Promoting equitable access to clean energy in Tennessee

Smog once choked Chattanooga, Tennessee, but shifts to cleaner energy like solar and energy efficiency continue to improve the region’s air quality. (© iStock)

Ensuring broad access to clean energy creates big impact. Consider that disadvantaged households spend a disproportionately large share of their income on electricity, an average of 15 to 20 percent. This fall, in both Chattanooga and Nashville, SELC is capitalizing on opportunities to make the money-saving benefits of solar power and energy efficiency more accessible to consumers who need them most.

In Chattanooga, our energy experts are among the stakeholders guiding local participation in the Clean Energy for Low-Income Communities Accelerator (CELICA), a two-year U.S. Department of Energy project. With this seat at the table, SELC is working with the city and its municipal electric utility to help low-income customers reduce power costs through access to solar power and energy efficiency upgrades. In 1969, Chattanooga was named the most polluted city in America, with smog and pollution choking the city. After much work and investment in projects like CELICA, Chattanooga has made considerable progress in environmental stewardship, but low-income residents still lack access to cost-saving efficiency measures that will help families pay bills and drive down air pollution even more.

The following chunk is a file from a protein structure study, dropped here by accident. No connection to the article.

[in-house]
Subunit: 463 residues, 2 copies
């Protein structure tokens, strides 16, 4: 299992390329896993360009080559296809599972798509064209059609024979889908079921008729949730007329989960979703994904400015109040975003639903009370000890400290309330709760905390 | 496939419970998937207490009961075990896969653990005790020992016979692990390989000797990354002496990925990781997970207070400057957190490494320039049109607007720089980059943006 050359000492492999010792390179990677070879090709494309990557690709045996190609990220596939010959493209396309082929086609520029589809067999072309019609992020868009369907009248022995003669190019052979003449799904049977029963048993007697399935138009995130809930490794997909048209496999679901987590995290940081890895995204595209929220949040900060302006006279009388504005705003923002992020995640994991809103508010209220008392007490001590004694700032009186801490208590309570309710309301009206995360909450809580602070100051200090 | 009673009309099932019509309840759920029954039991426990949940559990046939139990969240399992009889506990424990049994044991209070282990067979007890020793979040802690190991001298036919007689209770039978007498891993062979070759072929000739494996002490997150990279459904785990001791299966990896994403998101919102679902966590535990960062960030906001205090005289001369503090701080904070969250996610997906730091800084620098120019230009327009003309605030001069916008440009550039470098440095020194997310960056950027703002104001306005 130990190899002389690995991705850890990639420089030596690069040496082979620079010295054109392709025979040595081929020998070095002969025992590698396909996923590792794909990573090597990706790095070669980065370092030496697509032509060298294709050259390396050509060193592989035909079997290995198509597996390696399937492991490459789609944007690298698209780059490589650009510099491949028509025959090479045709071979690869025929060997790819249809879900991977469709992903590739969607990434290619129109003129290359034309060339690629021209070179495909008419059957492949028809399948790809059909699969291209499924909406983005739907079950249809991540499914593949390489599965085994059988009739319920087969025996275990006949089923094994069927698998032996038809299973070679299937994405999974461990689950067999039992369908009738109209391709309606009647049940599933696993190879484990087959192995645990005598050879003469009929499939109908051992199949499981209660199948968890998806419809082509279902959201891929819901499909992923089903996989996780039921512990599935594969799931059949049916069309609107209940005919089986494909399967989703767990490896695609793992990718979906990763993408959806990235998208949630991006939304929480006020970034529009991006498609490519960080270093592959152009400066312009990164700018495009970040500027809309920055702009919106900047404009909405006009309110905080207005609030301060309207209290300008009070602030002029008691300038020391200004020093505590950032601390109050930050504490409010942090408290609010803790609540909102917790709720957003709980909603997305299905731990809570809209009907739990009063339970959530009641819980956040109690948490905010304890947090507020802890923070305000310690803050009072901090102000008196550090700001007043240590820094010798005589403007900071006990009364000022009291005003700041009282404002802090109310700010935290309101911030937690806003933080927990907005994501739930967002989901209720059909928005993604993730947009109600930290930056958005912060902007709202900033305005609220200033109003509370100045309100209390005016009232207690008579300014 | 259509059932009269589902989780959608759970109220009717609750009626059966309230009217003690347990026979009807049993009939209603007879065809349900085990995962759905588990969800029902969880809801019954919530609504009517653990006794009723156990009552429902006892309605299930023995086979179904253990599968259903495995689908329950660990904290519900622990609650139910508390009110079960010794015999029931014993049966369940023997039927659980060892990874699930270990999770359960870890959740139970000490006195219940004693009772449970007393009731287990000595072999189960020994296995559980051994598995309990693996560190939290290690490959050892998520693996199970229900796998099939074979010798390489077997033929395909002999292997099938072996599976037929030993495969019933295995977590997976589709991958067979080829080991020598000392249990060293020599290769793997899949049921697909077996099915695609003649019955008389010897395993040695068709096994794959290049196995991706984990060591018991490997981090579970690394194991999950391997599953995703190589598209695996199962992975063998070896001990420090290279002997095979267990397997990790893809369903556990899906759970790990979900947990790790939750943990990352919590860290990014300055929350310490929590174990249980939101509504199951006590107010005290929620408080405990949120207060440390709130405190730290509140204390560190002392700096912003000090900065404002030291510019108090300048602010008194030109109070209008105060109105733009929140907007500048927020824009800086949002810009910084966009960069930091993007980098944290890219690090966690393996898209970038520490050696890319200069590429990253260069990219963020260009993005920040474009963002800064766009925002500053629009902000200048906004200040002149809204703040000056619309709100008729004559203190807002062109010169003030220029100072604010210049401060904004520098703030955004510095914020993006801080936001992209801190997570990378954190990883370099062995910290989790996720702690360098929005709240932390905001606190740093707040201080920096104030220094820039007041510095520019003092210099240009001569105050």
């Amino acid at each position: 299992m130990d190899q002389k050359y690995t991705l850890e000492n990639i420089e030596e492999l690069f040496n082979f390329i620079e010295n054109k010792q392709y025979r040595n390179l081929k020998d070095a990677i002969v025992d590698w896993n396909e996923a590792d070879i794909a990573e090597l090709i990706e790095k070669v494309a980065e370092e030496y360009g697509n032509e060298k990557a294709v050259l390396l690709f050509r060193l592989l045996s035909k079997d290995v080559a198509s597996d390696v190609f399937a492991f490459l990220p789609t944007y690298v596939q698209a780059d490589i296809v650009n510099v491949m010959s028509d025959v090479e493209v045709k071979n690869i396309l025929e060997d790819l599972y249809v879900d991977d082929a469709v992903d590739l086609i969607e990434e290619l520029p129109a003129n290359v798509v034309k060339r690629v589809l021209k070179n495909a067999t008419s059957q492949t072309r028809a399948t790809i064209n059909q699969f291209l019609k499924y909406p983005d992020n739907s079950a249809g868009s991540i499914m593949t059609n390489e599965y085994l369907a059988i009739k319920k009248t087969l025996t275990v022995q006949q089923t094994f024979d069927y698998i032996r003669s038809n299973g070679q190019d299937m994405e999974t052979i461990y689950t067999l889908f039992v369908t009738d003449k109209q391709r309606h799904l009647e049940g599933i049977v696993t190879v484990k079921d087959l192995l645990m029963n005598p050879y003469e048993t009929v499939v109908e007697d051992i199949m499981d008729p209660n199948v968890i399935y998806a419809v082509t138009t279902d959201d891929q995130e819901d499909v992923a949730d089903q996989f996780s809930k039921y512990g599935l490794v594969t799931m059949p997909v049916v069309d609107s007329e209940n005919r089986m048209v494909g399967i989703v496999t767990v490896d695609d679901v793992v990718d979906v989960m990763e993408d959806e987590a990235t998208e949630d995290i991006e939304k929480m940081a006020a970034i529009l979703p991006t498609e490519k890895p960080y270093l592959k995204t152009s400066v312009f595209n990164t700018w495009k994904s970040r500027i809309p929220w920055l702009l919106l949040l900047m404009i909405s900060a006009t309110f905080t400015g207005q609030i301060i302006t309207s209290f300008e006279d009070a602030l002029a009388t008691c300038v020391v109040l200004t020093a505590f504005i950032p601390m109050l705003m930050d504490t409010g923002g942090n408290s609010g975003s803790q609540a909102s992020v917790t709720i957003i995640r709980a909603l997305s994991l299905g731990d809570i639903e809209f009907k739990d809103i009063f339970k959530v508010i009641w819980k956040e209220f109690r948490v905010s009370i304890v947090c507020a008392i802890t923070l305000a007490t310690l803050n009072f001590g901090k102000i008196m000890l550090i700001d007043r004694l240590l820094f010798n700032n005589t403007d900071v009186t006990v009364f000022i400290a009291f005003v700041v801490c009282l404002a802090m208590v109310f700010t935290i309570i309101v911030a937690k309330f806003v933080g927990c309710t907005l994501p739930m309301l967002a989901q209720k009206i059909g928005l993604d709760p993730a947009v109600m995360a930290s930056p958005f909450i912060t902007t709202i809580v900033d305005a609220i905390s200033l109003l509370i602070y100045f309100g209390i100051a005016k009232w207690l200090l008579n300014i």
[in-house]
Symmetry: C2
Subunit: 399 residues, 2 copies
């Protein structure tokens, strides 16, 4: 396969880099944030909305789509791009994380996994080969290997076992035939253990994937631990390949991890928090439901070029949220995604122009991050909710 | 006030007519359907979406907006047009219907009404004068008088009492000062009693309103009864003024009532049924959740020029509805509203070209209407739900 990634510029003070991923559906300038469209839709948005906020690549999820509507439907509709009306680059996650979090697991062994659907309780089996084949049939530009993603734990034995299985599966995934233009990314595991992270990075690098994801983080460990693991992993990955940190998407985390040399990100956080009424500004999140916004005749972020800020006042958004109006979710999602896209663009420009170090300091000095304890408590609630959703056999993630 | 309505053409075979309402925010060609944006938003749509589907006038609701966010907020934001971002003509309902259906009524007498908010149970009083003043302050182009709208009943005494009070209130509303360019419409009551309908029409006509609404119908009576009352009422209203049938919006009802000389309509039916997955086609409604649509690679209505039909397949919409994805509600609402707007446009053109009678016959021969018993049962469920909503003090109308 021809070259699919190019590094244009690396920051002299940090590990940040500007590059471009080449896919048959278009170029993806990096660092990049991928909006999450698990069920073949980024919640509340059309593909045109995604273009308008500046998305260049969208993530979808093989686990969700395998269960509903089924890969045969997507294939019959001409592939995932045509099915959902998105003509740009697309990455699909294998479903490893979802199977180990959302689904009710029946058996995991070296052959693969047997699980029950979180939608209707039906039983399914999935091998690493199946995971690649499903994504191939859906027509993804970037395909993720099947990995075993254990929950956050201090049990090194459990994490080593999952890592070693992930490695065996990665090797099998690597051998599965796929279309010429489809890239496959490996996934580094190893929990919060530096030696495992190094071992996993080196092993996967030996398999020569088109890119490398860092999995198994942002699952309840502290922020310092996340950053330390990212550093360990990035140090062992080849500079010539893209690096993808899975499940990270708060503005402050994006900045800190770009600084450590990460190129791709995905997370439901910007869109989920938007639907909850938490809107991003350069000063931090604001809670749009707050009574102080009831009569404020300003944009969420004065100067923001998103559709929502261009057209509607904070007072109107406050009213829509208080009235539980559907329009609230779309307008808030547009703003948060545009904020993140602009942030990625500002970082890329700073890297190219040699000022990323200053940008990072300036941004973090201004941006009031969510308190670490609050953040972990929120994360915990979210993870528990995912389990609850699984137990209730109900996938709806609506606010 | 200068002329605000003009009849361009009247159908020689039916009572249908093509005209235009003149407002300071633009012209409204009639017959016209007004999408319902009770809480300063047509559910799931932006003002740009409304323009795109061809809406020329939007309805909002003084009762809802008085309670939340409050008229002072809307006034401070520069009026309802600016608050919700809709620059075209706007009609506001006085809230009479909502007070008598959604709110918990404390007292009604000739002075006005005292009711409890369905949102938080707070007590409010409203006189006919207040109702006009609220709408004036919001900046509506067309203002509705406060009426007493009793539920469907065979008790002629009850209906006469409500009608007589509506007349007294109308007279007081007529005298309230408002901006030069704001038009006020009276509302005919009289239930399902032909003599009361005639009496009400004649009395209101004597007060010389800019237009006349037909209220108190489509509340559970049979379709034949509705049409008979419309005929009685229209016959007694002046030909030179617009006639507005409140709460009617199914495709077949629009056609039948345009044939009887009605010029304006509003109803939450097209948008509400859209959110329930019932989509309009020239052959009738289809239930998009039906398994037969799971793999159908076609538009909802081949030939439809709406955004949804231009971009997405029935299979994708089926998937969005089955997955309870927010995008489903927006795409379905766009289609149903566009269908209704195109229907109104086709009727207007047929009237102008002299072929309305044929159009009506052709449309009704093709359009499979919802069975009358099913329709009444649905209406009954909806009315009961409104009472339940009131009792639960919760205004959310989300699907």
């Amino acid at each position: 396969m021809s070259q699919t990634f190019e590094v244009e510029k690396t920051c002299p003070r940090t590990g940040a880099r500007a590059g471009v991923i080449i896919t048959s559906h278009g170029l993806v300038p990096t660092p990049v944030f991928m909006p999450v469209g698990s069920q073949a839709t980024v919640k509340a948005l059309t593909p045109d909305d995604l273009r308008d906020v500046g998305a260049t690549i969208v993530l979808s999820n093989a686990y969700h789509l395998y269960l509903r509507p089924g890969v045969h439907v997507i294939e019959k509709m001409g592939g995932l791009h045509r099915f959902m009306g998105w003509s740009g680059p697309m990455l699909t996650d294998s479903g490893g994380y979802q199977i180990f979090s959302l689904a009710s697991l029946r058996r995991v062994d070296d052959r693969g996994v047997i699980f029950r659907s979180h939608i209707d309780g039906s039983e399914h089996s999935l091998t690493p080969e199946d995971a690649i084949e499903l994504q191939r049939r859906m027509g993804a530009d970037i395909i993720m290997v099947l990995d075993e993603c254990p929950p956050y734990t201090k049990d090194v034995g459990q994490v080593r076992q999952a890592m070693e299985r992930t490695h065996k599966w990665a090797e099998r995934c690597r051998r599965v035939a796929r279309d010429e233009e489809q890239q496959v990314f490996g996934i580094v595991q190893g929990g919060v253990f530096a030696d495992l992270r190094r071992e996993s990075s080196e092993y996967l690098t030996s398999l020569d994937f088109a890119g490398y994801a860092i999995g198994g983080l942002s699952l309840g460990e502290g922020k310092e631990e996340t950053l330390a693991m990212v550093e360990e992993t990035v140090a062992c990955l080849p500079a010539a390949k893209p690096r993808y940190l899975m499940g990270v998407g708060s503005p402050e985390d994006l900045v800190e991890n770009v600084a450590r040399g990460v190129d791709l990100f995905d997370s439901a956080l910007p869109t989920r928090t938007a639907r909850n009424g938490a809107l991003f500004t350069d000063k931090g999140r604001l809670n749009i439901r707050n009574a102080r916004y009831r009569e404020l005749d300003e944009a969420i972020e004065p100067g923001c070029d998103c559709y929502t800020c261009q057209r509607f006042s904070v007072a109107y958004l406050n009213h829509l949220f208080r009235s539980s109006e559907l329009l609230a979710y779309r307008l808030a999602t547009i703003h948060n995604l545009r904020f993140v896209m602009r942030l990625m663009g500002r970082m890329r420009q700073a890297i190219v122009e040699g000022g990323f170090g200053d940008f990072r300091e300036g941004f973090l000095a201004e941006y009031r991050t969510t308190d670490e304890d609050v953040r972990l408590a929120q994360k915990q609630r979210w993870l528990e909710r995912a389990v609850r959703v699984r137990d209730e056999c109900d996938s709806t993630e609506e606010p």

In Middle Tennessee, Anne Davis, Managing Attorney for our Nashville office is making the case for equitable access to clean energy as a member of Mayor Megan Barry’s Livable Nashville Committee and its Climate and Energy Subcommittee. In this forum, Davis is advocating for the city and the Nashville Electric Service—the second largest power distributor in TVA’s system—to ramp up investment in distributed solar and energy efficiency resources and to make them available to customers struggling to pay their electric bills.


For more on how solar and energy efficiency benefit communities across the Southeast, watch our Stories of Solar videos and this short film from the Southern Exposure Film Fellowship on energy efficiency, Good Housekeeping.

More News

Southern Virginia highway proposal threatens recent progress

This week, SELC filed comments on behalf of itself and 16 organizations on the draft environmental impact statement for the wasteful and destruct...

Nashville mayor signs letter urging Congressional climate action

Nashville Mayor John Cooper is one of nearly 200 U.S. mayors advocating for a zero-carbon green economy that creates jobs and emphasizes equity b...

Thank you for fighting the Atlantic Coast Pipeline with us

When, on July 5th, Duke Energy and Dominion Energy abruptly cancelled the Atlantic Coast Pipeline, it didn't come out of nowhere. For years, SELC...

SELC seeks nominations for 2021 Reed Environmental Writing Award

We are now accepting submissions for the 2021 Phillip D. Reed Environmental Writing Awards. Nominations are welcome from anyone, including reader...

Lawsuit: Government illegally ‘cut corners’ to ram through NEPA changes

SELC is representing a group of 17 environmental organizations in a lawsuit filed today accusing the government of racing through an industry-fri...

Settlement provides relief for Duke Energy customers

The Southern Environmental Law Center recently reached a partial settlement with the North Carolina Sustainable Energy Association and Duke Energ...

More Stories